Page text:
7. the gun industries failure to recognize that introducting some new .30 cal round is far less important to new hunter development than investing in young hunter programs. they are very effectively killing themselves.
that it in a nut shell. Every time i get a new gun for hunting i have to end up sell it becuase i can't find some- were to hunt at or i do find some were and it turns out to be land used for homes. I still can hunt pest or predator and varmint Hunt(no one cares if you kill them) but big ganme hunting is hard to come by. Maybe they should start people off in hunting varmints becuase it easy.
 

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I'm obviously not Amish.. but you know what I think is the reason?

Electricity.

People getting too damn lazy to get outdoors much anymore. So therefore there is a cultural shift where more people are interested in the internet and video games and TV. REI said the same thing not too long ago... that their biggest competitior - was the same as above, laziness. Hunting and shooting as a sport takes knowledge, and work. It's something you can't do half-you know. Or you won't last that long.

I've played games, I've shot 10,000 rounds of ammo in an arcade game in ten minutes I'm sure. (Do they still have arcades?) And I thought 500 rounds was a lot to reload in a day!!

That is why I love Alaska. Because we still are a culture of subsistence, where people aren't above going out and working to get what they want and need. We don't have only ranges and set areas where you can hunt. It's open. There is lots of state land. There is terrain where nobody can live, so they let anyone who will dare hunt it hunt. Every once in a while... I catch myself referring to the outside as the US, at a difference to Alaska.. because going outside really can be quite a culture shock. It is strange to learn the rules and differences of a people in the same nation... I find the biggest difference between the people not to be how they act... but how they act in the regulation of themselves and the government.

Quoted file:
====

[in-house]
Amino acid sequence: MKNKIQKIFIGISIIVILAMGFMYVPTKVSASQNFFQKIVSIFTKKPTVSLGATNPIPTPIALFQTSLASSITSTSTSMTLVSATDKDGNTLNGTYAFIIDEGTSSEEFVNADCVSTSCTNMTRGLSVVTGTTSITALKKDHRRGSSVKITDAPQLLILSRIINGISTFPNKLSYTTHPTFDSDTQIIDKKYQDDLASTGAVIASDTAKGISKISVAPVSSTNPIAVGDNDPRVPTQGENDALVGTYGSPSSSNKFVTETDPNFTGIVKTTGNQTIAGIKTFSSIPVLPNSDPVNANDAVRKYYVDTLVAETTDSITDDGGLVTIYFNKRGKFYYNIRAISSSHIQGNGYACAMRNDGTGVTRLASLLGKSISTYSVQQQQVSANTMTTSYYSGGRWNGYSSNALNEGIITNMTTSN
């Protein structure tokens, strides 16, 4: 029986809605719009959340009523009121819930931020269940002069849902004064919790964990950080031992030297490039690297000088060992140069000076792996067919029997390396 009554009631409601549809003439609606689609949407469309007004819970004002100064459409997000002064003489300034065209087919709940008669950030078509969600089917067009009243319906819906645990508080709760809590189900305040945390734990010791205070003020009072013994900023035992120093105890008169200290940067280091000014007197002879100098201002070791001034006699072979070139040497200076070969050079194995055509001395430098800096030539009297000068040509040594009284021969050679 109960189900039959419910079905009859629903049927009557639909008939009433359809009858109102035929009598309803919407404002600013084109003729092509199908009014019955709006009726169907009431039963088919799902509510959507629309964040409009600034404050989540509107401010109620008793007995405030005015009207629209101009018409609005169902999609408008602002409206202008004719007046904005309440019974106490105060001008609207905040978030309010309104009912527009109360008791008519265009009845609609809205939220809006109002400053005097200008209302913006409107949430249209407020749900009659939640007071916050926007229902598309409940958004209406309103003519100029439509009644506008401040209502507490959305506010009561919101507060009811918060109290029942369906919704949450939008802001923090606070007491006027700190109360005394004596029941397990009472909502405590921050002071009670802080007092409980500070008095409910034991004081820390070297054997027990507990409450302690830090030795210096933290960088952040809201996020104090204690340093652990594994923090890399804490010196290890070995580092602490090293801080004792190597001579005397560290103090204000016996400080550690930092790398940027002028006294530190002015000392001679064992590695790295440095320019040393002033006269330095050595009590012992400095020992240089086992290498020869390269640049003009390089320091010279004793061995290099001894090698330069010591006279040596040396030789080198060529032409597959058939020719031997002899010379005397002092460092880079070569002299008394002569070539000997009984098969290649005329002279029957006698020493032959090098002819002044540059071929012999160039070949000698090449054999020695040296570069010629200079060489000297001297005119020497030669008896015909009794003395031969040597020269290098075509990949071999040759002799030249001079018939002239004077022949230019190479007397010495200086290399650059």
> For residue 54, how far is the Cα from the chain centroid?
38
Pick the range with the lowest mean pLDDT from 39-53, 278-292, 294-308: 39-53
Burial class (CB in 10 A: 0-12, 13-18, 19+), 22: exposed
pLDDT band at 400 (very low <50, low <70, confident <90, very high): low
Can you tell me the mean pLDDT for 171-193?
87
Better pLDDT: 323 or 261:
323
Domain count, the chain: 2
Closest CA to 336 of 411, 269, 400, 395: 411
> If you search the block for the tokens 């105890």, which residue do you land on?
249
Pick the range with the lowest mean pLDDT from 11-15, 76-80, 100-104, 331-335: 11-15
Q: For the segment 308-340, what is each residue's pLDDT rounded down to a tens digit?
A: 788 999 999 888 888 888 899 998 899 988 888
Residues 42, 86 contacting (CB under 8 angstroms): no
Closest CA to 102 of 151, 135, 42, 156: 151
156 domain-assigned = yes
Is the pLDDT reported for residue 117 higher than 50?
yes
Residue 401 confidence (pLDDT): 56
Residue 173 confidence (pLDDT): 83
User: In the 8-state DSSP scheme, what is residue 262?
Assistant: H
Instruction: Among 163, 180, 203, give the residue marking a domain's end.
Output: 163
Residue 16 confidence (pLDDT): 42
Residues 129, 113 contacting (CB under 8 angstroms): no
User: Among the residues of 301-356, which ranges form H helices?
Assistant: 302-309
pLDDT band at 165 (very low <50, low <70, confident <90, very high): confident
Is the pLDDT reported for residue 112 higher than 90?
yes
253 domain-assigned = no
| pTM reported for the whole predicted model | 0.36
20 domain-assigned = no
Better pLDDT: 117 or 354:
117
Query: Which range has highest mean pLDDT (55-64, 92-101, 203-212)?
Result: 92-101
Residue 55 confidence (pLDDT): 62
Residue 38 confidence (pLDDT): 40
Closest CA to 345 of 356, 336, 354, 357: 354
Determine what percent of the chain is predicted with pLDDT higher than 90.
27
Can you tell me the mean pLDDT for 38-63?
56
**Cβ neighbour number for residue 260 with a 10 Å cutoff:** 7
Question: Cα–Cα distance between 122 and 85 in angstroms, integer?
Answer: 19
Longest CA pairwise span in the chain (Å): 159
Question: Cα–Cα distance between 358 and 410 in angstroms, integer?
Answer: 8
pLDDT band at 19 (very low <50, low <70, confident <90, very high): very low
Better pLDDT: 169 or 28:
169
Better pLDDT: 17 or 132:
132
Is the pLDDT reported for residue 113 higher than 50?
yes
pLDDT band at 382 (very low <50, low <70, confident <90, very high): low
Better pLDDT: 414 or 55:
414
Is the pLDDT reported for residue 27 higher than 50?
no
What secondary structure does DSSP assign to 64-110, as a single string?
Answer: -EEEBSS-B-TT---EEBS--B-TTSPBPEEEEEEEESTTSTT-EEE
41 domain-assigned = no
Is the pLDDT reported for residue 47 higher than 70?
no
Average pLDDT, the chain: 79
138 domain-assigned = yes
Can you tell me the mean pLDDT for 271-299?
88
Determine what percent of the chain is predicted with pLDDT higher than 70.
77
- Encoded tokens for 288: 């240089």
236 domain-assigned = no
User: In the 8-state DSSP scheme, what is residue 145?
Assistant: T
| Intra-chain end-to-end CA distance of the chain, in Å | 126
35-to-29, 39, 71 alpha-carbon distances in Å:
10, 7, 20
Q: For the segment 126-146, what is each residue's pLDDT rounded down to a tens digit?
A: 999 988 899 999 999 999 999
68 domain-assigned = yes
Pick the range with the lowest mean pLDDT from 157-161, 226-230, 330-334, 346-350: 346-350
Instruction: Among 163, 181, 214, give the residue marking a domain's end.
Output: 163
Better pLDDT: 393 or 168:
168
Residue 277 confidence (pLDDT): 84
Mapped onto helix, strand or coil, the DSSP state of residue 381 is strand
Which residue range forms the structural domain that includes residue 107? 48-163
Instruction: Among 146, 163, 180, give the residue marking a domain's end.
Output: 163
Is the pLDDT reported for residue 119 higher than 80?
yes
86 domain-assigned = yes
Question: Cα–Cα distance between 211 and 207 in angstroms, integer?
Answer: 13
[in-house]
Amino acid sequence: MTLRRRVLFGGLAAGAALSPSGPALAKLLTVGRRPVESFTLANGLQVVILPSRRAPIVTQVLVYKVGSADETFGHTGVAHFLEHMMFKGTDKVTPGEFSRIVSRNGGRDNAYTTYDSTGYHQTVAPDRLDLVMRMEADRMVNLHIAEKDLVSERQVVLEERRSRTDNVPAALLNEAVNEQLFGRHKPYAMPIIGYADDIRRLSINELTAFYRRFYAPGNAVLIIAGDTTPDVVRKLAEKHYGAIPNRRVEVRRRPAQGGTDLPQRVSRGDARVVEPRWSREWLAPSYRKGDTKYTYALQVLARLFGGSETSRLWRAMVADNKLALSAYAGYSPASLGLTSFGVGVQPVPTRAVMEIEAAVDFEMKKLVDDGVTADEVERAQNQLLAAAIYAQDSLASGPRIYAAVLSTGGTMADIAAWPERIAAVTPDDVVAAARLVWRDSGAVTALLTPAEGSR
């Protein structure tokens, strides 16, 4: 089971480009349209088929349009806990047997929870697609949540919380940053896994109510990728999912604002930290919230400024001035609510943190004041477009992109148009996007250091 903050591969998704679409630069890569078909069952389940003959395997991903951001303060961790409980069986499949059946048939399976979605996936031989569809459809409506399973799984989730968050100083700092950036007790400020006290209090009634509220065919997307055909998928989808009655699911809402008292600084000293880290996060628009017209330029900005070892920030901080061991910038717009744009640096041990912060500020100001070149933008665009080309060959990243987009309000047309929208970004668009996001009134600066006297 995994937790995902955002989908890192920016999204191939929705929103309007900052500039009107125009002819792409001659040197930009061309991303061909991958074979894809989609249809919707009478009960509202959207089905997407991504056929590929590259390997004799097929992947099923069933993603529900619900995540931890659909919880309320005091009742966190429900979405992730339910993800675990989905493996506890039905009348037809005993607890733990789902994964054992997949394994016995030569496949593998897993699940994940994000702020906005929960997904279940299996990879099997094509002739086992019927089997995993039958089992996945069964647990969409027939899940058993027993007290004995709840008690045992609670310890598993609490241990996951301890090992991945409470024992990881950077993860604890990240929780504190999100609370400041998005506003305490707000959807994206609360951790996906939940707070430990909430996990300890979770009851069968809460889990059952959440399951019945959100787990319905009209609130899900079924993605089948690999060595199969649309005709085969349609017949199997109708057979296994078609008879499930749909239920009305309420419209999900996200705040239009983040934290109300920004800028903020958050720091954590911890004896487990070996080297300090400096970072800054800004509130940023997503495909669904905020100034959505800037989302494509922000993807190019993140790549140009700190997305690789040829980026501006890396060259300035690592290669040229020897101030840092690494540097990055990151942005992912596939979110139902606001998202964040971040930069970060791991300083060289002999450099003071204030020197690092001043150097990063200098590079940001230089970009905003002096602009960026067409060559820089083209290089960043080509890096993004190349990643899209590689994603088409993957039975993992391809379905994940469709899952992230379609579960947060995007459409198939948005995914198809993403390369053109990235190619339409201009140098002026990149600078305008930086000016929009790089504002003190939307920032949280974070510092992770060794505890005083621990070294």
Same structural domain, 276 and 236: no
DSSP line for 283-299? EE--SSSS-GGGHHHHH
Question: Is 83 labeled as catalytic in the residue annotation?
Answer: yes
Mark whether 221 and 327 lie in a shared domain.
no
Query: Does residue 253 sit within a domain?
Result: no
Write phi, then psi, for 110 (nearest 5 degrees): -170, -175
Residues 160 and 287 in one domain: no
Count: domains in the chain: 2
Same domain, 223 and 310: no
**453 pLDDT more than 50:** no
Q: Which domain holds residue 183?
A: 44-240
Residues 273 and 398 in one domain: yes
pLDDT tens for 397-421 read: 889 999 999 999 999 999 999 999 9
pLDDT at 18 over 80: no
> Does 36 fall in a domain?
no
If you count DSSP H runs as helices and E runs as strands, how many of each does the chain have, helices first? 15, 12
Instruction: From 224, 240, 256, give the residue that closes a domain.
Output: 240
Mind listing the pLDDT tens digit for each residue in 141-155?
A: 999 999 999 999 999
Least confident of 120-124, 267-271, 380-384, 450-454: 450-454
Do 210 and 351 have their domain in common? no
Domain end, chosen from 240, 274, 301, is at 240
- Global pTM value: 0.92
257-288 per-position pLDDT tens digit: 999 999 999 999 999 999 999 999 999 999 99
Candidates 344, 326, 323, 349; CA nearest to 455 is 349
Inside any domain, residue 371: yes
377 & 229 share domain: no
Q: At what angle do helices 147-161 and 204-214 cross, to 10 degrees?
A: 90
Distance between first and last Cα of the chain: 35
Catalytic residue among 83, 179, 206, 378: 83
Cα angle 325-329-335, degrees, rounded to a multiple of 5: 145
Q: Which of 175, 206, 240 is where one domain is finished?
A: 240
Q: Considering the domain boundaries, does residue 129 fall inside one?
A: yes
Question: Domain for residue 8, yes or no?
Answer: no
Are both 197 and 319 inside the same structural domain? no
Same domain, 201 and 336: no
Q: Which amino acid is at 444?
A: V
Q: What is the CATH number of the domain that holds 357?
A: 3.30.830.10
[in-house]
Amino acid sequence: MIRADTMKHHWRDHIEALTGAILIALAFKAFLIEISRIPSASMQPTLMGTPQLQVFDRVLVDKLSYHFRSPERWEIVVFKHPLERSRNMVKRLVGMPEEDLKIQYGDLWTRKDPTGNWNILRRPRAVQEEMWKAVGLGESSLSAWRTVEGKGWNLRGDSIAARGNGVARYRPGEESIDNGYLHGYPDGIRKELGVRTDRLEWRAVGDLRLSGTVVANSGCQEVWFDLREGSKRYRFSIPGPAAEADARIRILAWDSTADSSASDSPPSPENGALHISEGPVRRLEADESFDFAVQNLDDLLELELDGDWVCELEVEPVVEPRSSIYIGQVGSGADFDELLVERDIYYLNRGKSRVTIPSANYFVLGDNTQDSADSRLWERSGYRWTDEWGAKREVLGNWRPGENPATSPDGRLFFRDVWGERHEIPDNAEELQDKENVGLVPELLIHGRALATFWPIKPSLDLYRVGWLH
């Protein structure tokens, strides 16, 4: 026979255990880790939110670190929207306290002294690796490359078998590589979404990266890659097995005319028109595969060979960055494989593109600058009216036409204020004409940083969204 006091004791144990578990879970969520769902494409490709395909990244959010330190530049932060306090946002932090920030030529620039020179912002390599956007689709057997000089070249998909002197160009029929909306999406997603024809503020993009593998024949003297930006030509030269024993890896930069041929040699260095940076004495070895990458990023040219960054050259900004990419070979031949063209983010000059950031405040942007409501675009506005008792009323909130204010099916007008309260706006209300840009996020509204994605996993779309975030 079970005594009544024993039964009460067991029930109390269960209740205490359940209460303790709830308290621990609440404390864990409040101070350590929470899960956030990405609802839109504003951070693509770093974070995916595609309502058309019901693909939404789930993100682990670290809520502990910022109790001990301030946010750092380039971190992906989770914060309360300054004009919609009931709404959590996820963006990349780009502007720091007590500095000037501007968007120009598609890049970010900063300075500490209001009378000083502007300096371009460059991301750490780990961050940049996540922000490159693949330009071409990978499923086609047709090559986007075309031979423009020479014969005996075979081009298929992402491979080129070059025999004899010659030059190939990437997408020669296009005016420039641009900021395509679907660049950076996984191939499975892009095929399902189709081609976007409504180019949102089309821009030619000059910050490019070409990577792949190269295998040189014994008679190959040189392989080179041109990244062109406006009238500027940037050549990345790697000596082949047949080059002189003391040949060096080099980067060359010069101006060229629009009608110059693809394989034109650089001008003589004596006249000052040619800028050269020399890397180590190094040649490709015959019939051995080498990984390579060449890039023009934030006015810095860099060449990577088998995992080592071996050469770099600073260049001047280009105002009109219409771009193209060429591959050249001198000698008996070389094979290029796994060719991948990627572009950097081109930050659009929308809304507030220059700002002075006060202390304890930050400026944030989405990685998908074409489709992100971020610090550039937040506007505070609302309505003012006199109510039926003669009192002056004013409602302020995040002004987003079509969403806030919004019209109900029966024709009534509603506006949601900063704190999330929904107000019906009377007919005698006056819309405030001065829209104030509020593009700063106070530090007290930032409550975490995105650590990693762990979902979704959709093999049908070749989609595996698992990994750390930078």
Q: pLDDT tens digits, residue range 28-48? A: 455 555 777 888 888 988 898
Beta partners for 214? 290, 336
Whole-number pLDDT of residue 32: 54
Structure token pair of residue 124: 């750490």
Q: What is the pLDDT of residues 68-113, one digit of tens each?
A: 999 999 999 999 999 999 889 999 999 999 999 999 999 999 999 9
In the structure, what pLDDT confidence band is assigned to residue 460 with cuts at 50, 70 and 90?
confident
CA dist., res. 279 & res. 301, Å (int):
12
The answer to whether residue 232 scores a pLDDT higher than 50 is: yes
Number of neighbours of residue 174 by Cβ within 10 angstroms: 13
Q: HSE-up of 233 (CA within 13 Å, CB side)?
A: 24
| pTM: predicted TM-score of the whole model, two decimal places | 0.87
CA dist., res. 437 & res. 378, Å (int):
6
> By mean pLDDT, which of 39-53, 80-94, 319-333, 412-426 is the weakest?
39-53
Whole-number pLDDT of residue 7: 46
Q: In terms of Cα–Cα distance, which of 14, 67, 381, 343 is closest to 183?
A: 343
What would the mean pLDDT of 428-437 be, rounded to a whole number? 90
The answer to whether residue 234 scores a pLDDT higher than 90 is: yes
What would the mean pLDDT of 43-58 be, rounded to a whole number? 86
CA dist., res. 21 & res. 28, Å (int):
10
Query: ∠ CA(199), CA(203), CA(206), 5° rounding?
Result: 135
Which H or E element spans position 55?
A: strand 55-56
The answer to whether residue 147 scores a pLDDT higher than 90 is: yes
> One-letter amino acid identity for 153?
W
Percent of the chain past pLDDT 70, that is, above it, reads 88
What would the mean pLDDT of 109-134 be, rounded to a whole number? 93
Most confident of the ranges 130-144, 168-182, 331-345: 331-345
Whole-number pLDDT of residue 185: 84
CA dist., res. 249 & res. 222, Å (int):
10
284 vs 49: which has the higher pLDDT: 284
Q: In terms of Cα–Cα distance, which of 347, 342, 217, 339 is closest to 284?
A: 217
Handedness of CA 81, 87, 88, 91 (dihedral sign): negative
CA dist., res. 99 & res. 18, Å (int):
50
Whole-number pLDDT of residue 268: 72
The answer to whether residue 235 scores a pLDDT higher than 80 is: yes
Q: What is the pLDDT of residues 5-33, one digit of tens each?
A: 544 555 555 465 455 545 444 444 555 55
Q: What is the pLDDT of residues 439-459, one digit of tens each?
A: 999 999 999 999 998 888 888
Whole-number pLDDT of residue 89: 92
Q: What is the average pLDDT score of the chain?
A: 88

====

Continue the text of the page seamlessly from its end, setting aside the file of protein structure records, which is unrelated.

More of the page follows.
Think of how many times you and I have grouped all politicians together? Your politicians wouldn't last a second in my state, and I'm sure the same my politicians to your state, just because of the difference in the mindset of the people? Hey, at least we have some representation, right?